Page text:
The original Xbox console first launched 20 years ago to the day on Nov. 15, 2001, and to say Microsoft’s gaming brand has evolved since then would be an understatement. What was once a singular console is now an entire ecosystem, one that lets you play Xbox games on consoles, computers and even right from your smartphone via the cloud. And when you factor in Microsoft’s ever-popular Xbox Game Pass service, accessing the latest Halo and Forza titles is now as easy as signing up for a Netflix subscription.
To discuss this evolution and see where Xbox is headed next, we sat down with the person in charge of it all: Microsoft’s executive vice president of gaming, Phil Spencer. Here’s everything we were able to glean from the head of Xbox, including some of the new ways you’ll be able to play Xbox titles, the big games to keep on your radar and why it’s still so dang hard to buy an Xbox Series X.
Microsoft “I thought it was a bold move by the company,” says Spencer, who was joining a new internal games studio at Microsoft when the original Xbox first hit shelves in 2001. “[It was] a group of innovative, disruptive thinkers inside the company that wanted to go do something different and were able to make that happen.”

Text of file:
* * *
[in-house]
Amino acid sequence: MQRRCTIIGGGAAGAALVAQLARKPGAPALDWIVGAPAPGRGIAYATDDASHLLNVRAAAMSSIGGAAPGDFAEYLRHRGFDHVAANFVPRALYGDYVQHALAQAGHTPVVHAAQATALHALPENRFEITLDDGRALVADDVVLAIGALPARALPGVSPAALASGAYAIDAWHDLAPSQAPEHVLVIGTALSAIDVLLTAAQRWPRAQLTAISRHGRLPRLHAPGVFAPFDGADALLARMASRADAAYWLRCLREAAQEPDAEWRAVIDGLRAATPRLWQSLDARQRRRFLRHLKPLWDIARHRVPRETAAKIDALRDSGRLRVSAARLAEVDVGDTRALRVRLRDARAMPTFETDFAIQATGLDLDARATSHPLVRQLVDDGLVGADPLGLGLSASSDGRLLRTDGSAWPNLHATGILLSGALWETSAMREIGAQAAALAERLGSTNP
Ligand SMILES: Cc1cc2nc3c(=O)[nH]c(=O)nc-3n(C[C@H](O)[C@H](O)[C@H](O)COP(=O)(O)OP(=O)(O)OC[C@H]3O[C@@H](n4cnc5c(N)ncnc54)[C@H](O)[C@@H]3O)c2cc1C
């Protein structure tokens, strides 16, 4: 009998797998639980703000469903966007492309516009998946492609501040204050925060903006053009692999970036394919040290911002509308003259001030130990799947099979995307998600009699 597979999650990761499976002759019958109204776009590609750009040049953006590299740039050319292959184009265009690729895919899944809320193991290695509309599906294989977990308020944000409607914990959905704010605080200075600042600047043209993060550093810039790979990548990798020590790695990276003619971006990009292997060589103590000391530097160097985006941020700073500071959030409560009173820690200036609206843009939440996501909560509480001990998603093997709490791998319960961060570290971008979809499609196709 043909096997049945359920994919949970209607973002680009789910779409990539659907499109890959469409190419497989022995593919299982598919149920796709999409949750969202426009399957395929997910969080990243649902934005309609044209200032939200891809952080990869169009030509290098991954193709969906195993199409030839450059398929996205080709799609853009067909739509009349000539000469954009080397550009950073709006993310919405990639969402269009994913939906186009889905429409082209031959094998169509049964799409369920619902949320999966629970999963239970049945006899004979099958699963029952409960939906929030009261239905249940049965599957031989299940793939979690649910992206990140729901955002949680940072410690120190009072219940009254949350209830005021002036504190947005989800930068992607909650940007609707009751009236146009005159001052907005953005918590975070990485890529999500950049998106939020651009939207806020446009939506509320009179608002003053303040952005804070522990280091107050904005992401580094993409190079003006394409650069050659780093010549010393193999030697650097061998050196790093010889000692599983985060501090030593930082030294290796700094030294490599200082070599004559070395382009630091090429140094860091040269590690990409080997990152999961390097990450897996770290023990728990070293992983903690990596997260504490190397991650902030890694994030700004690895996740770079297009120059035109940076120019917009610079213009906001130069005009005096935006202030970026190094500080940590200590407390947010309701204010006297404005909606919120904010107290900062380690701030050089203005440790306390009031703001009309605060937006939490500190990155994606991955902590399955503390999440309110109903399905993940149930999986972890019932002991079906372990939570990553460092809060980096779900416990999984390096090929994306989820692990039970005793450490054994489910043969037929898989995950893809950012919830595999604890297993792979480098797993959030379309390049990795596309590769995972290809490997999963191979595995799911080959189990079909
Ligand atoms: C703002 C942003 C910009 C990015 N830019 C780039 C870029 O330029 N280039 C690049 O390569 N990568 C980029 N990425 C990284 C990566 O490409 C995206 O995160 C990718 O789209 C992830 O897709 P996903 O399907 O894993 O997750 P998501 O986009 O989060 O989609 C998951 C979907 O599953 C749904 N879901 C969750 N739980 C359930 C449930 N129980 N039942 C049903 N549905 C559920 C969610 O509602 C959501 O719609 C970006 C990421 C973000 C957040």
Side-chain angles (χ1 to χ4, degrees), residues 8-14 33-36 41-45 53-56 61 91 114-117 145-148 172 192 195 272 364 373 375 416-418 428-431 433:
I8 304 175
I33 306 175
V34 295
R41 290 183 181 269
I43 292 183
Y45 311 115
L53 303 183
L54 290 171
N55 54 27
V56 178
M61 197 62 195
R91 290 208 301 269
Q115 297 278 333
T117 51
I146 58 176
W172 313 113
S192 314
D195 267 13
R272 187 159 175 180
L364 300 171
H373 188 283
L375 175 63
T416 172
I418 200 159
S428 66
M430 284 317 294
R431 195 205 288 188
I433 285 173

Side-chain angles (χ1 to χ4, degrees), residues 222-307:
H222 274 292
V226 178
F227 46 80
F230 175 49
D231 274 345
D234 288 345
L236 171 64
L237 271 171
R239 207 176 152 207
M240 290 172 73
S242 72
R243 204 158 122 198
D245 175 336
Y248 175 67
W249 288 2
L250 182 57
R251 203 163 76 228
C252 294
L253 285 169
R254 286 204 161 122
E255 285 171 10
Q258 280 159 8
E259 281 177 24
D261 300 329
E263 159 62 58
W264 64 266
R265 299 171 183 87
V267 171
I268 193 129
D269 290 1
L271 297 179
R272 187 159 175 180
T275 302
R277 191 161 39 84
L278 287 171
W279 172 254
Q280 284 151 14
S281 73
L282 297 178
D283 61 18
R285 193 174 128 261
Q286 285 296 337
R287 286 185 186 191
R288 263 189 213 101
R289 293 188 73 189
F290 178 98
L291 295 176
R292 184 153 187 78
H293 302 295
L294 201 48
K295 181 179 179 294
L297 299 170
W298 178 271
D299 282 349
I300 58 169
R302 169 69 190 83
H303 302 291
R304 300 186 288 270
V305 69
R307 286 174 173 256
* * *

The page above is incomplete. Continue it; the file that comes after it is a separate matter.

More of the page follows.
That big bet paid off, as the Xbox brand is now in its fourth generation with the Xbox Series X and Series S consoles, and is part of a larger ecosystem that includes Windows and cloud-based games. Microsoft is celebrating its 20-year gaming journey in a number of ways — you can buy an Xbox Wireless Controller and an Xbox Stereo Headset adorned with the 20th anniversary logo, to name just a few examples. But if you really want to see what Xbox’s two-decade legacy is all about, you don’t have to look much further than Xbox Game Pass.